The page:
Chrysler Dealership Drops Iditarod Dog Race Sponsorship

Automaker's Move Follows Robust PETA Campaign Against Cruel Race

For Immediate Release:
March 16, 2020

Contact:
David Perle 202-483-7382

Anchorage, Alaska – Following a vigorous PETA campaign, Fiat Chrysler Automobiles (FCA) has confirmed that Anchorage Chrysler Dodge Jeep Ram Center, an independently owned FCA dealership that has sponsored the Iditarod since 2007, will cut ties with the race after this year’s event, which began last weekend. In thanks, PETA is sending FCA—which never supported the Iditarod directly—a box of dog-shaped vegan chocolates for being a top dog defender.

PETA’s campaign included more than 250,000 e-mails from supporters urging Chrysler to cut ties with the race, an ad blitz on television stations near the company’s Detroit headquarters, and more than a dozen protests across the country featuring costumed “dogs” smashing cars, activists chained to Chryslers, and protesters dragging a sled full of “dead dogs” around downtown Detroit.

“After feeling some real pressure from PETA, Chrysler put the brakes on its connection with the Iditarod and is sending the message that dogs deserve better than being run to death for mushers’ prize money,” says PETA Executive Vice President Tracy Reiman. “Alaska Airlines has also withdrawn its sponsorship of this wretched race in which over 150 dogs have died, and we hope this year is the last year dogs will suffer in this way.”

Dogs used in the Iditarod are forced to run about 1,000 miles through biting winds, blinding snowstorms, and subzero temperatures. More than half of those who start the race don’t finish because they’re too ill, injured, or exhausted to go on. So far this year, more than 140 dogs have been dropped, including one kept by musher Matthew Failor who nearly died of painful bloat—and musher Nicolas Petit is continuing to force dogs on his team to run despite reports that all of them have vomited, three have gotten frostbite, and one nearly needed stitches. More than 150 dogs have died as a result of the race, not including countless others who were killed simply because they weren’t fast enough or who died during the off-season while chained up. PETA’s undercover investigation revealed that dogs were denied veterinary care for painful injuries, kept constantly chained next to dilapidated boxes and plastic barrels in the bitter cold and biting wind, and forced to run even when they were exhausted and dehydrated.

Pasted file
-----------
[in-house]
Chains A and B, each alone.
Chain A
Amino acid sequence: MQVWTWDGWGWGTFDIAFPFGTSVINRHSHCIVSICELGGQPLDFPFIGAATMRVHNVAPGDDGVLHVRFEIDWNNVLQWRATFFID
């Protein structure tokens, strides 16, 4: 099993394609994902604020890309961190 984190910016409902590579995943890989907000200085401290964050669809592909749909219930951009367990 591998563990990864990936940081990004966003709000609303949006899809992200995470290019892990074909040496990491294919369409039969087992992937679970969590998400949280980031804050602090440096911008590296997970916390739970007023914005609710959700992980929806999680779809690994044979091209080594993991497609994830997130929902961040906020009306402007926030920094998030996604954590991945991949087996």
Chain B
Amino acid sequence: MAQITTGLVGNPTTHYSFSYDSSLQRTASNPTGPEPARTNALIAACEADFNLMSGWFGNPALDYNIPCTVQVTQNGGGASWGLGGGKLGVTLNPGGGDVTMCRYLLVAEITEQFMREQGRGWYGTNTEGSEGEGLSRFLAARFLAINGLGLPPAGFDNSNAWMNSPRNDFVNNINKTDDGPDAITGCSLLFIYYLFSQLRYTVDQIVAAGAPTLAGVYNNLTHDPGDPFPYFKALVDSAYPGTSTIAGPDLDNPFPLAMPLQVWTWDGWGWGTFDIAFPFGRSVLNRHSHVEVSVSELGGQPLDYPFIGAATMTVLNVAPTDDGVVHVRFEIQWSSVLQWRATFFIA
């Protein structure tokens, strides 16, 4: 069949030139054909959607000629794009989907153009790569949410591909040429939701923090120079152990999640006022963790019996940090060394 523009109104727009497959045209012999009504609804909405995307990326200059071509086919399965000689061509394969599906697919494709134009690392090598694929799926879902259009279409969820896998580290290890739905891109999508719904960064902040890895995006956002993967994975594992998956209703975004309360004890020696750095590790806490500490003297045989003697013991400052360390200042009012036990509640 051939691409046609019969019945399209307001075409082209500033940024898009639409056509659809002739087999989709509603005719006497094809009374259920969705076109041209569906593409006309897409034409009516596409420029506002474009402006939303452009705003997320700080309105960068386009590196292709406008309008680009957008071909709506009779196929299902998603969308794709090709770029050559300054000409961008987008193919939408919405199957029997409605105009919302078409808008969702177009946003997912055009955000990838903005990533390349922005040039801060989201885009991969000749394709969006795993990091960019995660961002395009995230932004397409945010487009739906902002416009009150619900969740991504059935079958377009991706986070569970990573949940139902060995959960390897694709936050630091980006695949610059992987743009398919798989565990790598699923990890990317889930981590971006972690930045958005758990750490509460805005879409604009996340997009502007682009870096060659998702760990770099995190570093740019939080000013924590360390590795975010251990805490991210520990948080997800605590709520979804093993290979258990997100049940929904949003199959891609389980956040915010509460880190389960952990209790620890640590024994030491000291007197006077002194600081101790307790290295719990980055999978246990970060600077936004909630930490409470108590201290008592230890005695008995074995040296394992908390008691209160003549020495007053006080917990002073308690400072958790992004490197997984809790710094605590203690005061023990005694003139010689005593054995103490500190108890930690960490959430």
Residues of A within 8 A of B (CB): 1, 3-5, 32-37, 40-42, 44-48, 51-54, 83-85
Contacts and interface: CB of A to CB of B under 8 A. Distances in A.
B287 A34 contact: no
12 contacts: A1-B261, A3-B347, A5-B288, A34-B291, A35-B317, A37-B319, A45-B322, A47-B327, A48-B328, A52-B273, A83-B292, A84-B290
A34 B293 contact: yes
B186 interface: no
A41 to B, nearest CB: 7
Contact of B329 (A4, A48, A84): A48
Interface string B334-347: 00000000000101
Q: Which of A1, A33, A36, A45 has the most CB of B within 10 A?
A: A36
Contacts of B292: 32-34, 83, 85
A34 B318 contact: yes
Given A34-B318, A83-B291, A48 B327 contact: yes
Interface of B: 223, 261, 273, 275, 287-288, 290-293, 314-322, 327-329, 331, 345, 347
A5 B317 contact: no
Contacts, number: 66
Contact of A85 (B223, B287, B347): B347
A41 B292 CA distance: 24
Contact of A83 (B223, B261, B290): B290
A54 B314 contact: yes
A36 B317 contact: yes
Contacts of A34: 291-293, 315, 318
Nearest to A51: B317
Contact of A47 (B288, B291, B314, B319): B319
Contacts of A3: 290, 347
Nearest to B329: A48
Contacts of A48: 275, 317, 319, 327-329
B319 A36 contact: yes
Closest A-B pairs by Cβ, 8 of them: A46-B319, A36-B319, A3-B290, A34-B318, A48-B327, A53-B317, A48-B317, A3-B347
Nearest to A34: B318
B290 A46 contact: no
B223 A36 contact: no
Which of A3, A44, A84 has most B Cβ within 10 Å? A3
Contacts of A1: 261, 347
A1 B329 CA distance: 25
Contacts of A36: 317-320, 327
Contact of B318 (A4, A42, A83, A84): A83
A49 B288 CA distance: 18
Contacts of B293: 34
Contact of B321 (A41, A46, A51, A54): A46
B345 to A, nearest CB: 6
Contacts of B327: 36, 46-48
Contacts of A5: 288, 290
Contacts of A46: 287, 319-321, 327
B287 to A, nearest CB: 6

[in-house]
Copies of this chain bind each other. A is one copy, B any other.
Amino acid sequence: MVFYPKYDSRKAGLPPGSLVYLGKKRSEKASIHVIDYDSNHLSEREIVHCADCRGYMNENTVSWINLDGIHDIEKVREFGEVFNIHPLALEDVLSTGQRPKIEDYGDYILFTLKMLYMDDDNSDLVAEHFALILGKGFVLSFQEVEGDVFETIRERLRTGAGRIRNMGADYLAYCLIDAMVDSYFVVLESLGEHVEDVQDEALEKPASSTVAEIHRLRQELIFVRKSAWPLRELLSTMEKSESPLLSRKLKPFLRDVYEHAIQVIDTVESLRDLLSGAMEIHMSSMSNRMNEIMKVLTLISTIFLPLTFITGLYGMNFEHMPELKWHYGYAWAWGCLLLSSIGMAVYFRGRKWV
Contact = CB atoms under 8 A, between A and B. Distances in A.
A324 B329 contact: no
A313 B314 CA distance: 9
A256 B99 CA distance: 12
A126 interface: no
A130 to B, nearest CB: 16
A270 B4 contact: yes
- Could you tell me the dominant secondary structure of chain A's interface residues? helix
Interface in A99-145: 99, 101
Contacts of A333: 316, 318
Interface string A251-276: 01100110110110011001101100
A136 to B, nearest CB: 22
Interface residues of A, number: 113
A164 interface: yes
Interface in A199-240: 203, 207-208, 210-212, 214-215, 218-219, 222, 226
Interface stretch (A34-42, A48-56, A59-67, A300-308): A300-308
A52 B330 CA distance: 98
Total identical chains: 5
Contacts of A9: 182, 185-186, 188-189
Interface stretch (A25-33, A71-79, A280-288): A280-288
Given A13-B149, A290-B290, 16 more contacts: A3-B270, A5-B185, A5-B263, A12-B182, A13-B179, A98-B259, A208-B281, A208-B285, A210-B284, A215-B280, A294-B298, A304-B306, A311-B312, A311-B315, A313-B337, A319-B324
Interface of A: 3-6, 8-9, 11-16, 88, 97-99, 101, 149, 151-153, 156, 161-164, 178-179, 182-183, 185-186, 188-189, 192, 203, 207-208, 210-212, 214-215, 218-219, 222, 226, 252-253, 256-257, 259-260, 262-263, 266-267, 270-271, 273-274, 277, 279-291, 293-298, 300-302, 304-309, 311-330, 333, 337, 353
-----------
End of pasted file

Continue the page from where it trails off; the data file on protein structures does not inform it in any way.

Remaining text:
Alaska Airlines is also dropping its sponsorship after this year’s Iditarod, and Baird Private Wealth Management confirmed earlier this month that it has cut ties with the race. They join Coca-Cola, Costco, Jack Daniel’s, Maxwell House, Nestlé, Panasonic, Pizza Hut, Rite Aid, Safeway, State Farm, and Wells Fargo in ending their support of the Iditarod after hearing from PETA, which is calling on Millennium Hotels and Resorts to follow suit.

PETA—whose motto reads, in part, that “animals are not ours to use for entertainment”—opposes speciesism, which is a human-supremacist worldview. For more information, please visit PETA.org.

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